by Dennis Crouch
In Lighting Ballast, construction of the claimed “voltage source means” has been the subject of five different court opinions. Three interpreted the claim term as a means-plus-function limitation and the other two found it not to be in MPF form. The distinction is important for the case because it serves as a validity trigger. The patent specification did not describe an embodiment of the voltage source means and so the term would necessarily be deemed indefinite if interpreted as an MPF under 35 U.S.C. 112¶6 (now renumbered as section 112(f)).
The five prior decisions included a district court reversing itself and then being re-reversed by the Federal Circuit panel whose decision was reaffirmed by an en banc Federal Circuit. Finally, after an opinionless post-Teva vacatur (GVR) from the Supreme Court, the Federal Circuit reversed course again and gave deference to the district court’s fact-finding. The result of this last judgment was to reinstate the final district court determination that a person of skill in the art would interpret the term as connoting a structural element and thus not a pure “means” claim. This was a win for the patentee.
Now, the adjudged infringer Universal Lighting has petitioned the Supreme Court for a writ of certiorari with the following question presented:
When and how can expert testimony or other extrinsic evidence be used to avoid the construction of a patent claim otherwise dictated by the patent’s intrinsic record, including in particular to avoid the restrictions imposed by 35 U.S.C. §112 ¶ 6 on functional claiming?
The original lighting ballast issue focused on appellate deference – an issue largely decided by the Supreme Court in its 2015 Teva v. Sandoz decision. Markman was also a case focused on process (judge vs jury). As presented here, the case has the potential of shifting to substance of claim construction. If it takes the case, the court will almost certainly need to delve into the goals and purposes of claim construction and the inherent conflicts between a claim’s most literal meaning, its drafter’s intended meaning, and the notice of scope provided to the world.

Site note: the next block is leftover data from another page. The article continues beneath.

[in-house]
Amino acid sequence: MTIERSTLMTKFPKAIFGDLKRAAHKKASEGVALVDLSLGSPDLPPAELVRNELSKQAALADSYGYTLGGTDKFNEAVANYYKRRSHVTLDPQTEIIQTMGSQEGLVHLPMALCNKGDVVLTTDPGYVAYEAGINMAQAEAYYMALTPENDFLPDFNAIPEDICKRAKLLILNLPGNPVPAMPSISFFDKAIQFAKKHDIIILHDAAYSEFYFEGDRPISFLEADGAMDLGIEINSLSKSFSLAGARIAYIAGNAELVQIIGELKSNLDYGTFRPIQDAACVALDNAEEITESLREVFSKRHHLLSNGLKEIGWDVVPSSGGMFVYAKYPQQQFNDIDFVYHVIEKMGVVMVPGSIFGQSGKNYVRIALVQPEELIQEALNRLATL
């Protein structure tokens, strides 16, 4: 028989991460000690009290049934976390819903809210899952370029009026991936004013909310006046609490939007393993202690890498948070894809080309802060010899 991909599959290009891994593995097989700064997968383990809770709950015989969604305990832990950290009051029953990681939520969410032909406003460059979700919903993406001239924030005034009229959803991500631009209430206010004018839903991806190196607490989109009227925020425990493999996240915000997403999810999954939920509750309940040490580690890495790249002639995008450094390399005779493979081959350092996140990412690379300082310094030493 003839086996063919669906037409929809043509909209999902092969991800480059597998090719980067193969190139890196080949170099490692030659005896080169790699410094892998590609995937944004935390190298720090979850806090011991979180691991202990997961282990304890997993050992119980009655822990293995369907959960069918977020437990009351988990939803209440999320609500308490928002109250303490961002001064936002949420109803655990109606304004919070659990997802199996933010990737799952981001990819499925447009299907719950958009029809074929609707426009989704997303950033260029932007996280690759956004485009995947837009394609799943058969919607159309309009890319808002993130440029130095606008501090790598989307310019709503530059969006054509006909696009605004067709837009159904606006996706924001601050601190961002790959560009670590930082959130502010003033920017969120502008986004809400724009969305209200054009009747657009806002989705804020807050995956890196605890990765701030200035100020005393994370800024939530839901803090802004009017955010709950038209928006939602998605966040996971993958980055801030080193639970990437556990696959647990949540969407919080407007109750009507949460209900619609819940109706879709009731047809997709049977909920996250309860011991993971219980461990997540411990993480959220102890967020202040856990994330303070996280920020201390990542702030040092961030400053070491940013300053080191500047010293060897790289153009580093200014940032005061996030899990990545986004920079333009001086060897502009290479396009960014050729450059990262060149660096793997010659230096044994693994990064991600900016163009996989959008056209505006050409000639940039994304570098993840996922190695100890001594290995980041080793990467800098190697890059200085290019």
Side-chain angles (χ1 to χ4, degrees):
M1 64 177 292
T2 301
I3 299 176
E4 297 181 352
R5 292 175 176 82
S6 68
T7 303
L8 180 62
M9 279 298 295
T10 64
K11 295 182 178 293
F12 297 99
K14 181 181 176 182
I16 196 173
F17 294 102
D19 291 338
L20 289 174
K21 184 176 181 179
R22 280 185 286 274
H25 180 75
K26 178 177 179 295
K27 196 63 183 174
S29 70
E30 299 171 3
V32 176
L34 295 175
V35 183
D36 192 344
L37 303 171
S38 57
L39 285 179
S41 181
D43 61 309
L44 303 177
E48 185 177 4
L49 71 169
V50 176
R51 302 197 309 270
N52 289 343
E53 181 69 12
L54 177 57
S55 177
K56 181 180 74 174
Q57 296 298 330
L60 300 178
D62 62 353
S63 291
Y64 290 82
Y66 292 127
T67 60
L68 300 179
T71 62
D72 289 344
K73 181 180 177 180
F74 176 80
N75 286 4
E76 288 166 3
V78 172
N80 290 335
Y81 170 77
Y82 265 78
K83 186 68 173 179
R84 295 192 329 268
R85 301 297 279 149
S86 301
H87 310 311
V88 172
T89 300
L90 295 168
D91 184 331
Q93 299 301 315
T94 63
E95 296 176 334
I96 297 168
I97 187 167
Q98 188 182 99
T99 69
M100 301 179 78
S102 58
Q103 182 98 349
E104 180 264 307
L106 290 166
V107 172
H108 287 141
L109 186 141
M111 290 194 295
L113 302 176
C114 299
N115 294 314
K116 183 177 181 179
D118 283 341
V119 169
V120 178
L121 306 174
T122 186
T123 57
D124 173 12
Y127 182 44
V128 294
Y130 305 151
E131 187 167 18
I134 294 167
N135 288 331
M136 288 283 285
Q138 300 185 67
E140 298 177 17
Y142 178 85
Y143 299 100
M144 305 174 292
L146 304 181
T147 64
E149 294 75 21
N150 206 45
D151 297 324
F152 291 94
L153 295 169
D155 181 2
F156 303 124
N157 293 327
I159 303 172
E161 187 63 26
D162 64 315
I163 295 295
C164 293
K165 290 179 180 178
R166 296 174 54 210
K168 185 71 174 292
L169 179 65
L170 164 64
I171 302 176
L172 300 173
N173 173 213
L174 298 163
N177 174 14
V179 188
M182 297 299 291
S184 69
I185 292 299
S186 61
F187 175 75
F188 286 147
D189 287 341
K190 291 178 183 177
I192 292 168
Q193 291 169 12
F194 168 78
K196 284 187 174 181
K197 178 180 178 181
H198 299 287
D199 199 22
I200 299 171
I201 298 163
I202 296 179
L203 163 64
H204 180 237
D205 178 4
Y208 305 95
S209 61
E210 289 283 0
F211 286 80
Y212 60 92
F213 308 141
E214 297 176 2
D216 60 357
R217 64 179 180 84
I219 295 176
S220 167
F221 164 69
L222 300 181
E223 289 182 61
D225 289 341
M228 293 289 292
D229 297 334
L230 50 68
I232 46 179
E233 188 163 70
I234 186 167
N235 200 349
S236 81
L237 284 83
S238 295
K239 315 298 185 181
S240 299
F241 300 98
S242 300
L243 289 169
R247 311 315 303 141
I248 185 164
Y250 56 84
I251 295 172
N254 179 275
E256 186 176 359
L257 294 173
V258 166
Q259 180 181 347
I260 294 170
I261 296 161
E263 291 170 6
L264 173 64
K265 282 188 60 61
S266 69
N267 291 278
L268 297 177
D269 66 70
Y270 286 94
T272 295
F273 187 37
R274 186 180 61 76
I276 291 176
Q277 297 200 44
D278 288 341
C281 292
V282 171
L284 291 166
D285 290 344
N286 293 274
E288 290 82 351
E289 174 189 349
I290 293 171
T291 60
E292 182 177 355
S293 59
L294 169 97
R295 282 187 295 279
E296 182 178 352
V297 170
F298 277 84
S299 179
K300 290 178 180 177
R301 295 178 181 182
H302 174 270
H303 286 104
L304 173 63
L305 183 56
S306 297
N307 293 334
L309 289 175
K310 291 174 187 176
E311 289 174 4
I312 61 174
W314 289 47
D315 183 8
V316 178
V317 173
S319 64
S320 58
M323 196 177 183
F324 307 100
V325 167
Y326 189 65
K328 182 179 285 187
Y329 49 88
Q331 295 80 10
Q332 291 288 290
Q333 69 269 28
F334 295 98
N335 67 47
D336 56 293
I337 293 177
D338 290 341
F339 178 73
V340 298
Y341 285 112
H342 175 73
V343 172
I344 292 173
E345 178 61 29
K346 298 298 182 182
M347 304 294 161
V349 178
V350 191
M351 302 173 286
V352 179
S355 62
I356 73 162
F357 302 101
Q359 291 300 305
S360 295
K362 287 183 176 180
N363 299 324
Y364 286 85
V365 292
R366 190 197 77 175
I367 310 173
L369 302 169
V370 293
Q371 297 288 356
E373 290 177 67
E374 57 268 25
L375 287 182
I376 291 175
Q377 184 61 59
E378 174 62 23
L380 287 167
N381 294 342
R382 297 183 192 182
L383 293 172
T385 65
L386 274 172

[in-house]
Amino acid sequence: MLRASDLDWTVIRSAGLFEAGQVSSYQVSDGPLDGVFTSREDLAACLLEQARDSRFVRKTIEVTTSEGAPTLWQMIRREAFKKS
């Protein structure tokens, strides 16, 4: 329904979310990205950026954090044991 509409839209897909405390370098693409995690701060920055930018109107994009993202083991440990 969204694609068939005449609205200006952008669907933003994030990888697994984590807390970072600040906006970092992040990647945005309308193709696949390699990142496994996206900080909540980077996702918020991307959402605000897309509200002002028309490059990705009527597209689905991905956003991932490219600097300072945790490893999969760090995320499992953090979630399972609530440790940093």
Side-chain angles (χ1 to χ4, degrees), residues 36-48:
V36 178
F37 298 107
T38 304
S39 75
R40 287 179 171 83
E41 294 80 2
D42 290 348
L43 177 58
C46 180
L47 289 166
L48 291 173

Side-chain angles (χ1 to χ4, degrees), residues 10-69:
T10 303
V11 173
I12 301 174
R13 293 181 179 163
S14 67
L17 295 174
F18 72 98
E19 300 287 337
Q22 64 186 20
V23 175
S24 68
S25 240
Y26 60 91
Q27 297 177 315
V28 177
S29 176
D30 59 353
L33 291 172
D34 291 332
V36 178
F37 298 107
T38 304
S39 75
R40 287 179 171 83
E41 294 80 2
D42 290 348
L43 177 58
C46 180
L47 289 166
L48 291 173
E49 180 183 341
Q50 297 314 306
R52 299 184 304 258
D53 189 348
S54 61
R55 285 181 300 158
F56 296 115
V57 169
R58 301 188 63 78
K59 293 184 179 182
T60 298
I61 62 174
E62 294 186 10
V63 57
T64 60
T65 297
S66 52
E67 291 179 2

The brief was drafted by Steven Routh and his team at Orrick who also represented ULT at the Federal Circuit. Read the petition here: http://patentlyo.com/media/2016/01/LightingBallastPetition.pdf.
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I used this case as the subject of last fall’s Patent Law Moot Court Competition (sponsored by McKool Smith) and most of the arguments centered around this same issue of whether the expert testimony that a engineers understand Voltage Source Means as a structural term of art (a Battery or Rectifier) was sufficient to overcome the strong presumption that accompanies the use of the term “means.” The students also debated whether, following Williamson v. Citrix, any such presumption should still exist.